Overview

Neck pain
Neck pain

Most neck pain only lasts a few weeks. There are things you can do yourself to ease it, but see a GP if it does not go away.

How you can ease neck pain yourself

Do:

  • take paracetamol or ibuprofen – or use ibuprofen gel on your neck
  • use a low, firm pillow
  • put heat or cold packs on your neck
  • try neck exercises

Don't:

  • do not wear a neck collar – it's better to keep your neck moving (unless a doctor tells you not to)
  • do not do anything that could be dangerous because you can't move your neck – for example, driving or cycling

Putting heat or cold packs on your neck

Try either of these:

  • a pack of frozen peas wrapped in a tea towel for 5 minutes, 3 times a day
  • a hot water bottle wrapped in a tea towel for 20 minutes, 2 to 3 times a day

You can also buy heat or cold packs from a pharmacy.

See a GP if:

  • pain or stiffness does not go away after a few weeks
  • painkillers like paracetamol or ibuprofen have not worked
  • you're worried about the pain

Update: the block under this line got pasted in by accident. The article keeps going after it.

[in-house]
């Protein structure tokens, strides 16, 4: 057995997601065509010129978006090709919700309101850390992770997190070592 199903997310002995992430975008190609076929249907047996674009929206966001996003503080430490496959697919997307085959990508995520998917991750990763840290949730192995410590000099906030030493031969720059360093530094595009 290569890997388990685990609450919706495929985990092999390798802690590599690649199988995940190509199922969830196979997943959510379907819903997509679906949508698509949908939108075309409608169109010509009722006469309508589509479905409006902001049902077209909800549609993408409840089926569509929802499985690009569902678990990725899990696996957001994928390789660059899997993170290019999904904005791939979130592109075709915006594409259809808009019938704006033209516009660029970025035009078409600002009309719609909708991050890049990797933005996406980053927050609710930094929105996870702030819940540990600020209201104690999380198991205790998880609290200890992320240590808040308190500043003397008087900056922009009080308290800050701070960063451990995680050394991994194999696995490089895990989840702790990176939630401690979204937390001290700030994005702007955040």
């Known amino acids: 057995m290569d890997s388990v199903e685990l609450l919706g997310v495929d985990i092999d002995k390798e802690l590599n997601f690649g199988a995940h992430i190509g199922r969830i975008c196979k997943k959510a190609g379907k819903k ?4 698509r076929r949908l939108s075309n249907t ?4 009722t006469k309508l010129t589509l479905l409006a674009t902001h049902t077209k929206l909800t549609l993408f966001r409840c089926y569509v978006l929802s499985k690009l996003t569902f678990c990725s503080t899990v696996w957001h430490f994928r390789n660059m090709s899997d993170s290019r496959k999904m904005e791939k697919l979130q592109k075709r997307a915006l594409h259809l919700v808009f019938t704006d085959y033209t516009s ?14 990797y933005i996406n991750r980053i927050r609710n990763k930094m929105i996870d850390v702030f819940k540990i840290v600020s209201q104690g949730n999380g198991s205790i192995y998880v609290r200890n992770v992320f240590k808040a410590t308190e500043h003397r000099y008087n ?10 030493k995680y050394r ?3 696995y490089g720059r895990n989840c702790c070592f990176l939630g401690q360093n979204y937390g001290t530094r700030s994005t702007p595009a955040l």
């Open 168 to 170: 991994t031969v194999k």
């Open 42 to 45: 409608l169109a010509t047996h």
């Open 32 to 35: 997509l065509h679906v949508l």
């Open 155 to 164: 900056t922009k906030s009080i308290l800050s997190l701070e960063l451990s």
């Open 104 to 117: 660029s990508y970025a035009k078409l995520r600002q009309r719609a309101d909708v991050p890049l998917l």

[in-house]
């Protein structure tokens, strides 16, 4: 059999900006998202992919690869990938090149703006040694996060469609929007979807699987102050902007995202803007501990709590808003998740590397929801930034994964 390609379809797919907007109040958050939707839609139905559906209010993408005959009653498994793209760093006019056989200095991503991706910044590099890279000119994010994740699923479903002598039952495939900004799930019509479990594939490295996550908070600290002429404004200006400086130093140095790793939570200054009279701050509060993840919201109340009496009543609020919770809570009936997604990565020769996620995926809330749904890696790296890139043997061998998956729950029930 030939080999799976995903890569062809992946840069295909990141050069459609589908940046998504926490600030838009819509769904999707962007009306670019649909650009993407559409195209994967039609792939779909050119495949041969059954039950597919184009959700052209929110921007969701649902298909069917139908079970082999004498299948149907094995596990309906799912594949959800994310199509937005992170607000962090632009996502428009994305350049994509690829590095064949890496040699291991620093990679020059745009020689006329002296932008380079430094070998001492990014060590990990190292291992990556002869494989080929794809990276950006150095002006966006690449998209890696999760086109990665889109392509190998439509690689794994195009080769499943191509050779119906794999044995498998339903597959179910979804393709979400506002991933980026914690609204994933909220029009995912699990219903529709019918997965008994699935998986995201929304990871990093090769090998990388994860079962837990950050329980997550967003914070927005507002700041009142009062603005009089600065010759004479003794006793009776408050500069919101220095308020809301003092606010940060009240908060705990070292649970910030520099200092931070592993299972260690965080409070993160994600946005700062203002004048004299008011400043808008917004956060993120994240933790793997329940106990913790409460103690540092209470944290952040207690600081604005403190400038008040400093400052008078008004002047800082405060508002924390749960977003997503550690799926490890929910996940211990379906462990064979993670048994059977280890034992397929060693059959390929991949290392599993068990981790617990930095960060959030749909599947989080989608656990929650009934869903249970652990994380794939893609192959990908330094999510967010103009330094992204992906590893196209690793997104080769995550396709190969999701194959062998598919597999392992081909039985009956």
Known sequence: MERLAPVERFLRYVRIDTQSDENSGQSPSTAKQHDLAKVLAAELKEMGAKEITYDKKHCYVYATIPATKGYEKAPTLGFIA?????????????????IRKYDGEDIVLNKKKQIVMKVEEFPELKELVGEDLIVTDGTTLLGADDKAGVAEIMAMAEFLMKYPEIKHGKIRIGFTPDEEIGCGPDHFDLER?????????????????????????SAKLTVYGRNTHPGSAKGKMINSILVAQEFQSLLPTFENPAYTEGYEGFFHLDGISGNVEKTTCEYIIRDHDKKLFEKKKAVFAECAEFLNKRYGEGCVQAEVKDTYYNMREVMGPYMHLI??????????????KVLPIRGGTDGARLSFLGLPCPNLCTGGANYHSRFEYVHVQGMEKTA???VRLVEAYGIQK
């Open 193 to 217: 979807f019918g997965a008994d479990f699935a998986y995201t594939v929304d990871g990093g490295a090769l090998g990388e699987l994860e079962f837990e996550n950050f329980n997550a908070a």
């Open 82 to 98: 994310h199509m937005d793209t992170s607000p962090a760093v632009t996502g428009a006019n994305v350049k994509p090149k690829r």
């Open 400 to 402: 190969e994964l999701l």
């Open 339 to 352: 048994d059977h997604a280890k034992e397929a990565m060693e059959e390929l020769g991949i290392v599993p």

• you have other symptoms, like pins and needles or a cold arm – this could be something more serious

What can cause neck pain

The most common causes are:

  • the neck becoming locked in an awkward position while sleeping
  • bad posture – for example, when sitting at a desk for a long time
  • a pinched nerve
  • an injury – for example, whiplash from a traffic accident or fall

How you can prevent neck pain

Do:

  • when sleeping, make sure your head is the same height as the rest of your body
  • have a firm mattress
  • sit upright – roll your shoulders back gently and bring your neck back

Don't:

  • do not keep your neck in the same position for a long time – for example, when sitting at a desk
  • do not sleep on your front
  • do not twist your neck when you're in bed

 



The information on this page has been adapted by NHS Wales from original content supplied by NHS UK NHS website nhs.uk
Last Updated: 07/05/2021 13:18:53